Furthermore, Labour leaders were hardly revolutionary, even in the nationalising phase of 1945-50: Clement Attlee was educated at Haileybury College, an elite public school established by the East India Company to train its servants for service in the empire. Attlee's foreign secretary, Ernest Bevin, who had headed the massive Transport and General Workers' Union since the 1920s, was authentically working class, of course, and offers an excellent example of how such individuals rise to the top of the greasy pole of British politics. He was deeply anti-communist and, like the majority of his party, an imperialist. Where the likes of Churchill openly declared Britain superior to all other races and nations and therefore justified in exploiting and dominating the colonies, Bevin et al wanted to 'develop' the 'backward' countries for the 'betterment' of their peoples. The old imperial ties and connections were maintained, despite (or because of) 'de-colonisation', along with Britain's large, but diminishing, global role.

While the benefits of a welfare state, inaugurated in 1945-50, are undoubted, it remained the case that at a fundamental level, the Labour project was at heart an ameliorative one of reforming capitalism and offering workers social protection from 1930s-style economic crises and deprivations. It did not fundamentally challenge 'market supremacy' in economic policy and the distribution of income and wealth.

Hence, we now have a situation where the government and opposition are dominated by rich and exclusively educated individuals, market-oriented in 'philosophy', and unrepresentative of the broad mass of British people. They claim to champion 'new politics' but are mired in the British aristocracy and the mindsets of the City of London. Like its American counterpart, British politics now features just one ideology - focused on free market economics and regular elections between parties that manage capitalism. There is a Centre, a Right but no Left in British politics.

When Cameron says that Britain is 'broken' he means that ordinary people are to blame for moral decline. He should look a bit closer to home - and his offices in Downing Street - to find the real heart of moral corruption in this country.

Sunday, 16 October 2011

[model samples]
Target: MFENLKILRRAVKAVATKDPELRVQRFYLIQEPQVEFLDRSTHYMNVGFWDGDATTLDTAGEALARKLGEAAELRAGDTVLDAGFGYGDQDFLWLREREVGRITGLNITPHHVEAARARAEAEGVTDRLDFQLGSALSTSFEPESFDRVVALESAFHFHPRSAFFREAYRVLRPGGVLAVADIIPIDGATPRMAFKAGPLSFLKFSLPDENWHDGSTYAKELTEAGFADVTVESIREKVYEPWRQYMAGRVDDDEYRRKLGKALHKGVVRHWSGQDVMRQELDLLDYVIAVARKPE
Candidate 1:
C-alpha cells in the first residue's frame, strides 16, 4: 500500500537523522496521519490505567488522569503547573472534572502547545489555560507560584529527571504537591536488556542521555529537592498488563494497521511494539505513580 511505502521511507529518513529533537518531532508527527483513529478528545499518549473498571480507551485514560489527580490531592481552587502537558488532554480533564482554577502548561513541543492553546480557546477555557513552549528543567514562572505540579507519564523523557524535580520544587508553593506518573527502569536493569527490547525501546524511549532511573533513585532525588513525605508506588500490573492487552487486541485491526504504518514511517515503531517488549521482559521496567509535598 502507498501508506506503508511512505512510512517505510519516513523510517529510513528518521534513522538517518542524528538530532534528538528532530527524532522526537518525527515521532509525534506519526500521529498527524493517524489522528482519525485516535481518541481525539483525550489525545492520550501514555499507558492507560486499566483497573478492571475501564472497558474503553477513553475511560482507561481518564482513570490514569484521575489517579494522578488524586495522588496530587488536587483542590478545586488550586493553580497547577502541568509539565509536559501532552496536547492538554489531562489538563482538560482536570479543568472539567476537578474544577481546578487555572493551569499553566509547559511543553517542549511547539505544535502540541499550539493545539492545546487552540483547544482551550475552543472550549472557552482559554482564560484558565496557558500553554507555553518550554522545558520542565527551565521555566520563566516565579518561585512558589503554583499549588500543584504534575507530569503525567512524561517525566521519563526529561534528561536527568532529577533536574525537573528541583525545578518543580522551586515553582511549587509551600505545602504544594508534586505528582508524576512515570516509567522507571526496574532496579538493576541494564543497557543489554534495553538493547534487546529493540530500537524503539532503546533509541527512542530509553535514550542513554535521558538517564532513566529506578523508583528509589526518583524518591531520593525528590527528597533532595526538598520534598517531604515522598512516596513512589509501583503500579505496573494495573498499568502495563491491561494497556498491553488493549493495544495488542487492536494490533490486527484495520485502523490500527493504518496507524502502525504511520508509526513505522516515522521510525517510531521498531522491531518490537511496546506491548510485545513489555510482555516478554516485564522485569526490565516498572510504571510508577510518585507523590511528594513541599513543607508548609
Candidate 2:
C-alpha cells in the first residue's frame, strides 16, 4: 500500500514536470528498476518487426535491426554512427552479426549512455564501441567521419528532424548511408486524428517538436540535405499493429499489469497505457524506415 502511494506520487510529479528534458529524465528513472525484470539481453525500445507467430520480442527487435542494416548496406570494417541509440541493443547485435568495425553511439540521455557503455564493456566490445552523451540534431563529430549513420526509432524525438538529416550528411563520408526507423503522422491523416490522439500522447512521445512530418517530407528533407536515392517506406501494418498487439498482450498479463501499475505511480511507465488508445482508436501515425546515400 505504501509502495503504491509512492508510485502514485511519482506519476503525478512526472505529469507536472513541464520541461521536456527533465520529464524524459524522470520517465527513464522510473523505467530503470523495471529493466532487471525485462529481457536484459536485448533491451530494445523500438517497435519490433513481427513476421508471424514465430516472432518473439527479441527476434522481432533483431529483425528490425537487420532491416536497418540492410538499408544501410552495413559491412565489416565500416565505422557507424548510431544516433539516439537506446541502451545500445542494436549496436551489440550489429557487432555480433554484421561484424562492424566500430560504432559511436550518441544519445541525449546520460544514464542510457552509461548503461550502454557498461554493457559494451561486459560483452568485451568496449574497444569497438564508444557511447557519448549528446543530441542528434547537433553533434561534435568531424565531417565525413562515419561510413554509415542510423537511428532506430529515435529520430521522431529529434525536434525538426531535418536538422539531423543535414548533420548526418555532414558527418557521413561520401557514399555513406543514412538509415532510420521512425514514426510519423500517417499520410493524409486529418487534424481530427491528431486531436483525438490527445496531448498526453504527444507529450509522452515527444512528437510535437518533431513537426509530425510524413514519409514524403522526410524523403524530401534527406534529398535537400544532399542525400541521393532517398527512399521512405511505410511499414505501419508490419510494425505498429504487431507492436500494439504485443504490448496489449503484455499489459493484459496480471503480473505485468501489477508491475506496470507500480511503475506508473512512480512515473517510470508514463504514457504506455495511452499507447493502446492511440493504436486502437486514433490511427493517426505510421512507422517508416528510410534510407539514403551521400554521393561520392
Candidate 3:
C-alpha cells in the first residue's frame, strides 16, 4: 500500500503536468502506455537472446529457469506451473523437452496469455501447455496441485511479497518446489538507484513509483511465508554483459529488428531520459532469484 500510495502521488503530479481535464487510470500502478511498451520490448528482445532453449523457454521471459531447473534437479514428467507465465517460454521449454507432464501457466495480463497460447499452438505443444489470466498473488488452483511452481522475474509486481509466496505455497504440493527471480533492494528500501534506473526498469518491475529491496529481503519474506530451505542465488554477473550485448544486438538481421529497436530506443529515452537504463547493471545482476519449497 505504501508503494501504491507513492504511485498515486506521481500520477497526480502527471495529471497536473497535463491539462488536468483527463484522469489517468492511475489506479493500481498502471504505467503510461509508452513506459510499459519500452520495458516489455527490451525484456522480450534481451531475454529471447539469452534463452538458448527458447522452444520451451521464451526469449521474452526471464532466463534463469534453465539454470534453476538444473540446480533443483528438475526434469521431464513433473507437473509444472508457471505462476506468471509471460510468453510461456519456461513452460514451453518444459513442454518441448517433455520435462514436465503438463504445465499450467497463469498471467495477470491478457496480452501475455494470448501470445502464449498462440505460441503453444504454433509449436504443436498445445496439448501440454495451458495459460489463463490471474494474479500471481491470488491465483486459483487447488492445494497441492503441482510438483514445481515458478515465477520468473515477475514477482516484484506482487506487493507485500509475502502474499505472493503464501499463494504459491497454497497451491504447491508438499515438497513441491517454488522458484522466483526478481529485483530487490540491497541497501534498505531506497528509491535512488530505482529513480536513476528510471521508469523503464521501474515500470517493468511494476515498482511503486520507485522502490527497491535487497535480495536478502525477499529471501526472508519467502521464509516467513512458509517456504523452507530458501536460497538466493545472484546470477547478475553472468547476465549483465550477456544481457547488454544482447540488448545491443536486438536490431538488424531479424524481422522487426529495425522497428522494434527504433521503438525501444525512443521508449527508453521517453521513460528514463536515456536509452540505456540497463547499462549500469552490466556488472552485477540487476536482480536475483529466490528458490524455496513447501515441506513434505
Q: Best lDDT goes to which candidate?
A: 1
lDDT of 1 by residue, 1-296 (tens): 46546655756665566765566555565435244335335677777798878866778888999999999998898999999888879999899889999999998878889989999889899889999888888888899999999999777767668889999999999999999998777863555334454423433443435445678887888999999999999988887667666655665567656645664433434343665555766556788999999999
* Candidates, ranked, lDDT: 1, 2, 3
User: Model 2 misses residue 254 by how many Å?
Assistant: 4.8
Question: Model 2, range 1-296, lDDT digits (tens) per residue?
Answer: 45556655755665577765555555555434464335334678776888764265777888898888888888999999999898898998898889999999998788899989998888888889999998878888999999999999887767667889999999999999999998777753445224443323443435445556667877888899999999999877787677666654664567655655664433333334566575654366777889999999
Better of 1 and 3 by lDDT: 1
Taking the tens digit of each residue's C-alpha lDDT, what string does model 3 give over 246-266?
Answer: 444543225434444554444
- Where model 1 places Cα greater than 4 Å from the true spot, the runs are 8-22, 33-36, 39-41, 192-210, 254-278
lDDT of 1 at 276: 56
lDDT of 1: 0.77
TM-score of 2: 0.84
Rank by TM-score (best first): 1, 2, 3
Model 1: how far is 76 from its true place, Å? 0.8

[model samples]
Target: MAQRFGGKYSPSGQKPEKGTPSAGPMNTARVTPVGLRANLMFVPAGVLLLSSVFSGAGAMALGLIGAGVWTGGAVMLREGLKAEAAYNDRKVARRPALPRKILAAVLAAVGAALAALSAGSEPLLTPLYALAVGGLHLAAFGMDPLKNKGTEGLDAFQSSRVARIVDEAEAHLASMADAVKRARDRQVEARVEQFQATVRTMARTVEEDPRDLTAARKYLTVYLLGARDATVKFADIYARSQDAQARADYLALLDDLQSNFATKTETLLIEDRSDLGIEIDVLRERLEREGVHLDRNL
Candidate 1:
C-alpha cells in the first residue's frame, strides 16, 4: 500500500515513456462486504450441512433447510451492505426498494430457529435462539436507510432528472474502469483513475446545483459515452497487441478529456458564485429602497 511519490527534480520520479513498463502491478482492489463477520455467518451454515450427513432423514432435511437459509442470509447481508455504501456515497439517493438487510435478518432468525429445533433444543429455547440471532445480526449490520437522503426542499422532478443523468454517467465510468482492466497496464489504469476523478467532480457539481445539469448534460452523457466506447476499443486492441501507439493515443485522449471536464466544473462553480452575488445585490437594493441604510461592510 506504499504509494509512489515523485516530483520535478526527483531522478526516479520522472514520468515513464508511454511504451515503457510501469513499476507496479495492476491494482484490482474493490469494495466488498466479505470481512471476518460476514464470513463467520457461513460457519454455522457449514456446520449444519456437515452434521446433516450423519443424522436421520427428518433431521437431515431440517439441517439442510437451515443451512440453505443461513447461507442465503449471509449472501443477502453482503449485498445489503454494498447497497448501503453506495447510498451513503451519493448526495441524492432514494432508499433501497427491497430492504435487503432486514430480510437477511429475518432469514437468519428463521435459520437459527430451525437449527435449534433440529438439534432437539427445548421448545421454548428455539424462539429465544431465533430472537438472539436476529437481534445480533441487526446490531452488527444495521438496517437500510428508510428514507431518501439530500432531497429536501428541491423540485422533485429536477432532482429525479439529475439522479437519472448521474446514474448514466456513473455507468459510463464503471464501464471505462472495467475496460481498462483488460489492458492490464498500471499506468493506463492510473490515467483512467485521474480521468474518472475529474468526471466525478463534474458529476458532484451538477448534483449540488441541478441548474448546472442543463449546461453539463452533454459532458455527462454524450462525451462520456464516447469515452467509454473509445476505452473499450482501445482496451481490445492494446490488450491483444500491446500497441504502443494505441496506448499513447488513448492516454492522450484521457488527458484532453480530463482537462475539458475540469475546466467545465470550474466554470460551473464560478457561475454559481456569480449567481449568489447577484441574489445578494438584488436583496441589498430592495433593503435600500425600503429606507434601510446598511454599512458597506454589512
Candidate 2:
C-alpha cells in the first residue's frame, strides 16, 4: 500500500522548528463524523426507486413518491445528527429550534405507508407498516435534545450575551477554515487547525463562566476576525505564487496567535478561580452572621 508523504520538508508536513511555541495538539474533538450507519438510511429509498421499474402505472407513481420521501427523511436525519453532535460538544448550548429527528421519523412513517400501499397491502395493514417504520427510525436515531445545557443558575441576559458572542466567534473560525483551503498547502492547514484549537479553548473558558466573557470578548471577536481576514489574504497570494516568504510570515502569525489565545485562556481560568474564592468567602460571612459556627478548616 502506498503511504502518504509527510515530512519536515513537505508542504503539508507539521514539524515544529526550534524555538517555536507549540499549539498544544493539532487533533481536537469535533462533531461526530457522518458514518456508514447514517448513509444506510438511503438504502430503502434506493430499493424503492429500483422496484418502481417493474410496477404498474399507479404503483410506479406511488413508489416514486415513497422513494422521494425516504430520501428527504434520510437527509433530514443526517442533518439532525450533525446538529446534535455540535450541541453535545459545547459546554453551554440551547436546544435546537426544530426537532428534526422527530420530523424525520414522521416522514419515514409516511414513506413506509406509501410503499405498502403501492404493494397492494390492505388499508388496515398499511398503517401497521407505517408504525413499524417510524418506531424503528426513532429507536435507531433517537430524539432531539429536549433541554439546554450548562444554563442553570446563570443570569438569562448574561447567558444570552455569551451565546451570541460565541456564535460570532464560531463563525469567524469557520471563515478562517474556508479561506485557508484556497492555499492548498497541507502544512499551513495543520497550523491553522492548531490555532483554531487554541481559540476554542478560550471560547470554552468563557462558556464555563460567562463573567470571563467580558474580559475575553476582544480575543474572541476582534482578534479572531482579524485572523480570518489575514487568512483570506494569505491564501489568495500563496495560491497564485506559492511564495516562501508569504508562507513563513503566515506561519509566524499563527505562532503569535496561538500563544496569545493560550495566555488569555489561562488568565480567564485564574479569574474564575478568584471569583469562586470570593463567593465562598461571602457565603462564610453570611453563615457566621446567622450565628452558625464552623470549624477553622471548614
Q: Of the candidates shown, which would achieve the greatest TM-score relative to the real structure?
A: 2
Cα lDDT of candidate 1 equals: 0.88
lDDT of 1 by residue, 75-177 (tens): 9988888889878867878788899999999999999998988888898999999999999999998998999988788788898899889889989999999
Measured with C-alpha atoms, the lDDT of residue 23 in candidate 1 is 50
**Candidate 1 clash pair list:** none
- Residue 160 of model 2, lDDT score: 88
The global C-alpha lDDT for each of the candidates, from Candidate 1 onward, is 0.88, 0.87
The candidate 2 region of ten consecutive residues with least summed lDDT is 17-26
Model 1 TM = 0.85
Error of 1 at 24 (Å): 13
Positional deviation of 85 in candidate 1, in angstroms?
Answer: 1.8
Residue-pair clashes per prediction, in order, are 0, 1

British-American Project Needs Investigation Too

Although former British Defence Secretary, Liam Fox, has been forced to resign because of his relationship with an unofficial adviser, Adam Werrity, the saga reveals another example of the numerous networks - pretty much all of them under the cover of being non-political and/or charitable - that operate to strengthen and consolidate the so-called special relationship between Britain and the United States.

The Fox-Werrity Atlantic Bridge organisation was wound up earlier this year after the charities' commission ruled it had no charitable functions or benefits and seemed largely a vehicle for channeling funds in Werrity's personal direction. Yet, the political functions of the Atlantic Bridge, which unified elements of Britain's and America's aggressively interventionist establishments, should not be overlooked. Its members included William Hague, the current foreign secretary, as well as George Osborn, the chancellor of the exchequer; American members included US Senator Joe Lieberman, the Democratic hawk who backed the Iraq War. Its neoconservative ethos of aggressive support for military intervention is shared by PM David Cameron - as evidenced by his enthusiasm in backing military force to oust Colonel Gaddafi from office in Libya.

Yet, it is not only the extreme right in British and American 'mainstream' politics that maintains such 'charitable' networks: the British-American Project, funded by major oil and other corporations and by the Foreign and Commonwealth Office, the subject of little public awareness or enquiry, represents a similar network on the centre-left, along lines Tony Blair and Gordon Brown would have approved. Indeed, it complemented the various schemes under which the future leaders of 'New' Labour were primed for high office, under the tutelage of the FCO's Jonathan Powell, who later went on to become Blair's chief of staff. Indeed, Powell was a member of BAP, as was David Miliband for many years.

What precisely does BAP do that is 'beneficial'? Is it not overtly political in its aims of developing and nurturing British elites to steer a path close to Washington's? Does it also benefit from tax exemptions under charities law?,

The BAP is a political project aimed at incorporating and developing rising stars in Britain - in a diverse range of fields - and ever so subtly helping them conclude that the United States - for all its faults - remains the power to which Britain's own chariot must remain hitched. The propaganda, to be sure, is subtle and needs to be - the sort of people attracted - whether Trevor Phillips of the Equalities Commission or Yasmin Alibhai Brown or Anatol Lieven, all critics of George W. Bush's adventurism - are not dupes. Yet, it is the very presence of such 'critics' that lends such weight to BAP.

Famously, Henry Kissinger ran for over 20 years a transatlantic organisation out of Harvard University for the very same ends - a bridge between Europe's emerging leaders who appeared seduced by 'neutralism' between the US and USSR and the American foreign policy establishment. It cemented relations that endure to this day. They made possible almost seamless cooperation between the foreign policies of Labour's Tony Blair and Republican George W. Bush, and the current cooperation between Democratic Obama and 'liberal-conservative' David Cameron.

The power of networks is considerable - they ensure the flow of money, people, and ideas that strengthen certain lines of thought and action while simultaneously marginalising others. Networks tend to legitimise some ideas and policies, making them 'normal' or 'conventional', beyond dispute at basic level. They tend to unify a range of people and organisations -public and private - and help develop new ideas or leaders. Being elite networks, they are by definition well connected with the media and politics and thereby gain a broader audience, skewing the 'free market of ideas' in specific directions.

The Atlantic Bridge has been exposed for its overtly political character: perhaps the British American Project should be subject to much closer investigation too?